Henri-Georges Clouzot, the director of French suspense films such as The Wages of Fear and Le Corbeau, premiered his 1955 thriller Diabolique in New York City at what was then The Fine Arts Theater. How ironic that this premiere was doubling as a benefit for the Herald Tribune Fresh Air Fund, considering the moviegoers found themselves gasping for breath from terror! Produced by Vera Films, named after Clouzot’s leading lady in real and reel life, Vera Clouzot (The Wages of Fear; Les Espions), Diabolique continues to haunt audiences not only because of its fear factor, but also for its moving characterizations and performances. Diabolique’s title translates variously as Les Diaboliques; The Fiends; and The Devils, but as far as I’m concerned, it’s one of cinema’s most suspenseful films in any language! (For those of us who don’t speak French, distributor Janus Films provided subtitles.)
|You're witnessing a rare sight: |
Christina DeLassalle smiling!
Over Diabolique’s opening credits, there’s a tight close-up of already-brackish water, accompanied by a quote from French author Barbey D’Aurevilly, who specialized in tales of mystery and suspense exploring hidden motivations, hinting at evil without being explicitly concerned with anything supernatural:
“A painting is always quite moral when it is tragic, and it gives the horror of the things it depicts.”
D’Aurevilly is starting to sound like the French granddaddy of film noir to me! Heck, even Armand Thirard’s saturated black-and-white cinematography plunges us viewers into a sense of eerie foreboding without even trying. Just watching a lady walking with an open umbrella primed me to get ready to flee, or at least duck!
Le deuxième soufflé) is sadistically cruel to his lovely but sickly wife, Christina (Ms. Clouzot), who has a serious heart condition. Michel’s idea of kindness and sympathy is to cruelly tease Christina about being a “cute little ruin.” But Michel doesn’t stop there; he even mistreats his mistress and fellow teacher Nicole Horner (Simone Signoret, Oscar-winner for Room at the Top and nominee for Ship of Fools, among her other triumphs). Indeed, when we first meet teachers Christina and Nicole, they’ve long since bonded over their mutual love-turned-hatred for Michel, to the amazement of the rest of the school’s mostly male staff. On top of that, Christina is paying for the school in every sense; she’s not only footing the bills (it’s clear Michel married Christina for her money), but she’s also paying in emotional abuse, including her sorrow for the way the schoolboys have to eat lousy food, and how she has to beg for every little thing, as if she was some kind of servant instead of being the head of the school. No wonder she and Nicole have joined forces to put Michel’s lights out—and we’re not talking about the school’s electric bills! The murder plot has poor Christina even more jittery than usual, since she’s a staunch Catholic, and she takes the whole “Thou shalt not kill” thing seriously. (Sadly, those were the only three films Vera Clouzot made; ironically enough, it turned out that like the character she played in Diabolique, she really did have a weak heart, and she died in 1960.)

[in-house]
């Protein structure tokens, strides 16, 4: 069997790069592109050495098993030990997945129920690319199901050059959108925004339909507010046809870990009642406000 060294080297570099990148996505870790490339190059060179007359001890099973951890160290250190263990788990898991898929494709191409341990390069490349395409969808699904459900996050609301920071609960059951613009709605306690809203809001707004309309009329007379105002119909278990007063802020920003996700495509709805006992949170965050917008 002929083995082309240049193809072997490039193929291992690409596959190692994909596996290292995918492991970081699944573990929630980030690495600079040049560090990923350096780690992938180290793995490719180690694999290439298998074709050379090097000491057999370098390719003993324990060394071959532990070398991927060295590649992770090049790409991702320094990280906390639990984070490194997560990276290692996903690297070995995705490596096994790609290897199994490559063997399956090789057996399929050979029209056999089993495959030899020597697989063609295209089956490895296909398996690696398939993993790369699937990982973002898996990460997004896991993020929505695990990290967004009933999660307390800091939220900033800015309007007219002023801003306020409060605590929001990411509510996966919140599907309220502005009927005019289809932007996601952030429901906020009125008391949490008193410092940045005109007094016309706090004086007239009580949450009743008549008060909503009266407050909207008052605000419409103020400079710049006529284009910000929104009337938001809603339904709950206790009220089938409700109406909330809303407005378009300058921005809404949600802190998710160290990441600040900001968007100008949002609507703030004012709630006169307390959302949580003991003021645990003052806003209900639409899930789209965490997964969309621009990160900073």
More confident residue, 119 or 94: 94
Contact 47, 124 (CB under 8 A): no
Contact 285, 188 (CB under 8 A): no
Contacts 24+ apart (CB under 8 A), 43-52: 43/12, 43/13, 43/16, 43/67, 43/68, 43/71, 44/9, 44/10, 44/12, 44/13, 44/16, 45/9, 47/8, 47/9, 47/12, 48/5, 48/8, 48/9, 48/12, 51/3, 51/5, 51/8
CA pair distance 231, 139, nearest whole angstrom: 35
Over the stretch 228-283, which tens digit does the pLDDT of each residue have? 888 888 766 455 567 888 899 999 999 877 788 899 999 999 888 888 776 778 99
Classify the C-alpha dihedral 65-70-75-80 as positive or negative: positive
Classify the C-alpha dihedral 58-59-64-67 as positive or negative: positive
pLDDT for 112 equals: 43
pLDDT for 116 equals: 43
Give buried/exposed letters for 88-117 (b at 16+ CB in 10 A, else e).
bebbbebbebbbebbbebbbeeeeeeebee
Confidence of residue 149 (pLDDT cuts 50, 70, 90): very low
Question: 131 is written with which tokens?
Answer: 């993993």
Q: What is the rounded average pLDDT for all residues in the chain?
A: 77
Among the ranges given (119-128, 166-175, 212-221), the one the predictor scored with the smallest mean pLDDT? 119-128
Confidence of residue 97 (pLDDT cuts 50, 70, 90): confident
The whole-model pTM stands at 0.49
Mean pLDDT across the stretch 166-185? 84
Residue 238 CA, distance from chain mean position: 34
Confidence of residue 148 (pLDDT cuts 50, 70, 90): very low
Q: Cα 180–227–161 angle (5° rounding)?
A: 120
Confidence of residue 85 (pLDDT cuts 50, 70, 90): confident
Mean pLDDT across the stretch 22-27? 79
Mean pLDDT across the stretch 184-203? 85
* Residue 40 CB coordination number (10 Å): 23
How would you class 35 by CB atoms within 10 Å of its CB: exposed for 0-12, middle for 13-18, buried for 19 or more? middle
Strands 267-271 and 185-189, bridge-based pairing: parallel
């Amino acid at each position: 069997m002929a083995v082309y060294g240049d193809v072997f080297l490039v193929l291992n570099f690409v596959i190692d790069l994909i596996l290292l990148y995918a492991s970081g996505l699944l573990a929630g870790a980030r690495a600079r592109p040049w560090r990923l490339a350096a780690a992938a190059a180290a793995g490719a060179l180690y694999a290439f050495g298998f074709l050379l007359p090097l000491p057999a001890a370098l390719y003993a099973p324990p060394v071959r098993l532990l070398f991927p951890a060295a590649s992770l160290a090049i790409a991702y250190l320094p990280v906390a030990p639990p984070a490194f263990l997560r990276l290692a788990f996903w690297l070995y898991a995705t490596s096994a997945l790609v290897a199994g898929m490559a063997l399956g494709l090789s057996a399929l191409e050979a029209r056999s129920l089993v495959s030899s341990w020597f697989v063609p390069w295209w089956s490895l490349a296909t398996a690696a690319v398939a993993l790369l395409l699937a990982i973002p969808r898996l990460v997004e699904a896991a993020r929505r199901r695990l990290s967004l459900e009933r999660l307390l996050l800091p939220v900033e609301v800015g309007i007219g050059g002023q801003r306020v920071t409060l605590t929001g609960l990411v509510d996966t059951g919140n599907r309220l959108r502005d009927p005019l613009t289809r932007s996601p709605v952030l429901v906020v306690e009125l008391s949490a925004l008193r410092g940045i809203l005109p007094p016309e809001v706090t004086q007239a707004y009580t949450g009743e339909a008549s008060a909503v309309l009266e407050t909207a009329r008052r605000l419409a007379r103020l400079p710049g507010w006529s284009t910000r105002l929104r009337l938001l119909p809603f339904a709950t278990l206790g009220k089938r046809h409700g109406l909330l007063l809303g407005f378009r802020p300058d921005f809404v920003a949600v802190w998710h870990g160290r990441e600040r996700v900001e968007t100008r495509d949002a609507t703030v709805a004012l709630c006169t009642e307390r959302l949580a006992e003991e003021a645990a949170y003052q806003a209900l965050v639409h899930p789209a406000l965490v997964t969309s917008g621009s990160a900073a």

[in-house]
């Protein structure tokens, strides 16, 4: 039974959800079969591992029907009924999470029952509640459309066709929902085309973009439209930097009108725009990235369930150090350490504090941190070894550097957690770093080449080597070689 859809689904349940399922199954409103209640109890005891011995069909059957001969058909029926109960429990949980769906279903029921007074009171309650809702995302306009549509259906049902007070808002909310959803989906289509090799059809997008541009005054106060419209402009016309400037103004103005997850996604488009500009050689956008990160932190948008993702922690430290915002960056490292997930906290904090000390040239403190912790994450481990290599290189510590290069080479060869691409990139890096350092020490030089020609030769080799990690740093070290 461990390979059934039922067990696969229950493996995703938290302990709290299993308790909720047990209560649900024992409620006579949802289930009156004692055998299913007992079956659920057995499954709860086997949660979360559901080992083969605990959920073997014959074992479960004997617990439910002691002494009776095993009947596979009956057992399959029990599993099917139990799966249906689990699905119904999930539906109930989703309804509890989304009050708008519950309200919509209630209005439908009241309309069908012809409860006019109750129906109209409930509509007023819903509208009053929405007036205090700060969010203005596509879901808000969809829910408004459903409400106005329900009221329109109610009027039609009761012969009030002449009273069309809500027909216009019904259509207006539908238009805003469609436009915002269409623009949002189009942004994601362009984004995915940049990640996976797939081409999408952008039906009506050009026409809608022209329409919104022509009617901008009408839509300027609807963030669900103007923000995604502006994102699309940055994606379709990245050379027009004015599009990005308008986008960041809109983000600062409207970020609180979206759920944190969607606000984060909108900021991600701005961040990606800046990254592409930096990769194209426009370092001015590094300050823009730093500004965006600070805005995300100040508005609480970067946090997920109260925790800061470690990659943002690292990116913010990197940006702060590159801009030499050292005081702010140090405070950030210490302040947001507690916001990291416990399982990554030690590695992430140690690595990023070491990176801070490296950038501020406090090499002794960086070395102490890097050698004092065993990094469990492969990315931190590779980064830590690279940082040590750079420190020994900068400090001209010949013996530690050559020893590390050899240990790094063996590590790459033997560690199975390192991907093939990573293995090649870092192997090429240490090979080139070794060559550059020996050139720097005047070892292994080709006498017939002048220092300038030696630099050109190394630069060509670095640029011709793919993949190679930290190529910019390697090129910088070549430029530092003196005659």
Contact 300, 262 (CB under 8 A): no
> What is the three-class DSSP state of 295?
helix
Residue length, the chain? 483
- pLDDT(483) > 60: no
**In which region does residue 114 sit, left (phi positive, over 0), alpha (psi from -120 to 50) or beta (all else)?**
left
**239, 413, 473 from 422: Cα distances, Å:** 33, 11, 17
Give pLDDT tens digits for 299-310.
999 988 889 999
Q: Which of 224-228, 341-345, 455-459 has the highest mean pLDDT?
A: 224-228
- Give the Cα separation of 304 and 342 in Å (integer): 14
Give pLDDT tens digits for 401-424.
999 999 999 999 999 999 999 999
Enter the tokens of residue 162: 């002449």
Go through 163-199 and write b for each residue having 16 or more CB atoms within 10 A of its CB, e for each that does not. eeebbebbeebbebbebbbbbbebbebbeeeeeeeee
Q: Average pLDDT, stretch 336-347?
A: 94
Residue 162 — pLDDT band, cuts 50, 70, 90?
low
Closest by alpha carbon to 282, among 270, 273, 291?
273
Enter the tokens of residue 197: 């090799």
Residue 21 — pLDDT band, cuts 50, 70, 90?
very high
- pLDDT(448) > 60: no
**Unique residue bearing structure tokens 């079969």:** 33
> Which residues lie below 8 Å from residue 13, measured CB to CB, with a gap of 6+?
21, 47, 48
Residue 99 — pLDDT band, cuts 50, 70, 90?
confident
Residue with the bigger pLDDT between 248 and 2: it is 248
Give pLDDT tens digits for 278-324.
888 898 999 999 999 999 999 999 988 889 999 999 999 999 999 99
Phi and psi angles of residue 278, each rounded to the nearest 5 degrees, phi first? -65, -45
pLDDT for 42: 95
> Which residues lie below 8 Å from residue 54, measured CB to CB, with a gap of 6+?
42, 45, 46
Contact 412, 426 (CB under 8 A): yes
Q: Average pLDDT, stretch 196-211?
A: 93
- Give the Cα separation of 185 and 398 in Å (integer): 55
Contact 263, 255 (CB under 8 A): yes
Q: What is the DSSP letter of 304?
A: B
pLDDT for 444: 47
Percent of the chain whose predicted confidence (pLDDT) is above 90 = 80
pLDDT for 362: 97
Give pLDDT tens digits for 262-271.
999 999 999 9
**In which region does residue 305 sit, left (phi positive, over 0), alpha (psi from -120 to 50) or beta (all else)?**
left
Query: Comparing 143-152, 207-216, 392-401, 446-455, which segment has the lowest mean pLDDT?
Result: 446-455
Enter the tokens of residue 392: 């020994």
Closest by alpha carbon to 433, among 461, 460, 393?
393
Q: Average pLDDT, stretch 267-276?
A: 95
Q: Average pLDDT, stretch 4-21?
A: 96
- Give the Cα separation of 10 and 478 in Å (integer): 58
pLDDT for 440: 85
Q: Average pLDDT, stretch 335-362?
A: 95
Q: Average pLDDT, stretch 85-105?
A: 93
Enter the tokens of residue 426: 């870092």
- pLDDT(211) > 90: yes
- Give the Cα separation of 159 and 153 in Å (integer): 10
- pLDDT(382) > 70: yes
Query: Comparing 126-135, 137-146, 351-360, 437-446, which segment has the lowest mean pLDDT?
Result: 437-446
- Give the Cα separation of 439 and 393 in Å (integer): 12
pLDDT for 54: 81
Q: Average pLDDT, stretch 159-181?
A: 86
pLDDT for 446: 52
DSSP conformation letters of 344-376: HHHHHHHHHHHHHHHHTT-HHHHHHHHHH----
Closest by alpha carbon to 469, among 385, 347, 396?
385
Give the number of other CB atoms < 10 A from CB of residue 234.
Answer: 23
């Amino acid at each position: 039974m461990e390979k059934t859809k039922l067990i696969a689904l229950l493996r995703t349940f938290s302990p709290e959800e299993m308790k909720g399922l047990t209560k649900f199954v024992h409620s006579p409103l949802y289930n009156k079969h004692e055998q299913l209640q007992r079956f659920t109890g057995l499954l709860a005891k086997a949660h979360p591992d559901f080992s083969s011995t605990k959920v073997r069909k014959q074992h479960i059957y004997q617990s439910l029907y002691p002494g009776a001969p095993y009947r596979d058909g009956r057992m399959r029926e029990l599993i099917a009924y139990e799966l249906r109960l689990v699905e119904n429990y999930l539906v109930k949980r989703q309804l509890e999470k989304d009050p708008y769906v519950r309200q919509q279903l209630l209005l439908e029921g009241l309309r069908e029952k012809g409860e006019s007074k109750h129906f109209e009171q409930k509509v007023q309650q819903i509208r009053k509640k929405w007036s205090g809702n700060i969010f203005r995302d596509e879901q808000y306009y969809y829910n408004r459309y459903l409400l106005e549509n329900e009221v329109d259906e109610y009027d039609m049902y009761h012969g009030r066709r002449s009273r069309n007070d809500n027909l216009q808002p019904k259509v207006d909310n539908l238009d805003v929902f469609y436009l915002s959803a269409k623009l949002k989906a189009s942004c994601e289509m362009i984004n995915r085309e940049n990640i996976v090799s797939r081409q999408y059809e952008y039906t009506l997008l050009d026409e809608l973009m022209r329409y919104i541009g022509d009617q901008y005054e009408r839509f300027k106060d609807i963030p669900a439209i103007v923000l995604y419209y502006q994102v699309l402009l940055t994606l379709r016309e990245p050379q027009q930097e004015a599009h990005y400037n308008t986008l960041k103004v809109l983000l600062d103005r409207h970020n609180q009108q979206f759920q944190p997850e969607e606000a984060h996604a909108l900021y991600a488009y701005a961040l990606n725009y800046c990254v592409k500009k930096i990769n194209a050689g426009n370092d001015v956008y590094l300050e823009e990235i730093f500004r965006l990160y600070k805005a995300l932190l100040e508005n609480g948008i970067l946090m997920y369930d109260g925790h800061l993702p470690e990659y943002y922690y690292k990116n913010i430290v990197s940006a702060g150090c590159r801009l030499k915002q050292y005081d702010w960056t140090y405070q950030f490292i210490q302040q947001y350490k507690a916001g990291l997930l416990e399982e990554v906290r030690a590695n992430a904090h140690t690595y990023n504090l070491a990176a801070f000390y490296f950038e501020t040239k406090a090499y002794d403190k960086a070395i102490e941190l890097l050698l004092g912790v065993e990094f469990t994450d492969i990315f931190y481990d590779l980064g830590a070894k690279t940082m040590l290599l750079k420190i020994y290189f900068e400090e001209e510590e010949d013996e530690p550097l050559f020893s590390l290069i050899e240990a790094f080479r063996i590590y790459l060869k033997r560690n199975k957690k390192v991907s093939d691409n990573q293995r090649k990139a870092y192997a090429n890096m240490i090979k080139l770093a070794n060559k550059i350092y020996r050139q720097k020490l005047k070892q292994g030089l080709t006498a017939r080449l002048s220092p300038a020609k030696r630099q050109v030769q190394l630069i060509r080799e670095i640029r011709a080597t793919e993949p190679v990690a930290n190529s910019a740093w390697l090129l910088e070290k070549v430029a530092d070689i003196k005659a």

|Anyone can have a love triangle, |
but these three have a hate triangle!
Nelly & Monsieur Arnaud and Deadly Circuit, plays one of the teachers, Monsieur Raymond. He and the other teachers mostly put-up and shut-up; I guess they figure a job in a crummy boarding school with a nasty headmaster and unappetizing food is better than no job at all. And don’t get me started on that nasty, brackish swimming pool; the best use for it would be for a remake of Creature from the Black Lagoon…or an ingeniously wicked murder plot which ultimately pulls our gals into a murderous game in which death is only the beginning of their nightmare! I can say no more!
|Nobody will be seated during |
the disgusting rotting fish scene!
|“First I add a generous portion of gasoline. Then some nitroglycerine… a goodly amount of gunpowder…some Uranium 238…shake well, strike an ordinary match, make Michel drink it, and voila!”|
|"Do you have Prince Albert in the can?"|
Michel come back to life just for |
the school picture? Now that’s school spirit!
|"Here's looking at you, kids!"|
On top of that, Inspector Fichet (Charles Vanel of Clouzot’s The Wages of Fear and Hitchcock’s To Catch a Thief, as well as several Tintin movies!) has been trying to help Christina in his kindly Columbo-esque way, but is this likable shaggy dog of a man actually a bulldog hot on the scent of the women’s guilt? That’s not to say there aren’t touches of comedy, albeit of the pitch-black variety. I especially got a kick out of of the scenes earlier in the film, when Nicole and Christina come to town for the next phase of their murder plot. As Christina and Nicole lure Michel to come to town for a permanent dip in the bathtub, their upstairs neighbors, Monsieur and Madame Herboux (Noel Roquevert and Therese Dorny) are unable to hear whether or not they won a prize on the radio show, because the tub the women use to weigh Michel down gets noisy when they have to drain the tub! Diabolique is even darker than Hitchcock at his darkest! Which is scarier, the water sports in Diabolique or in Psycho? Watch them and decide for yourselves! :-)
I won't spoil the big shocker ending for you; I'll just repeat the request from the filmmakers:
"Don't be devils! Don't ruin the interest your friends could take in this film. Don't tell them what you saw. Thank you for them."
Trust me, your patience will be rewarded!
Trust me, your patience will be rewarded!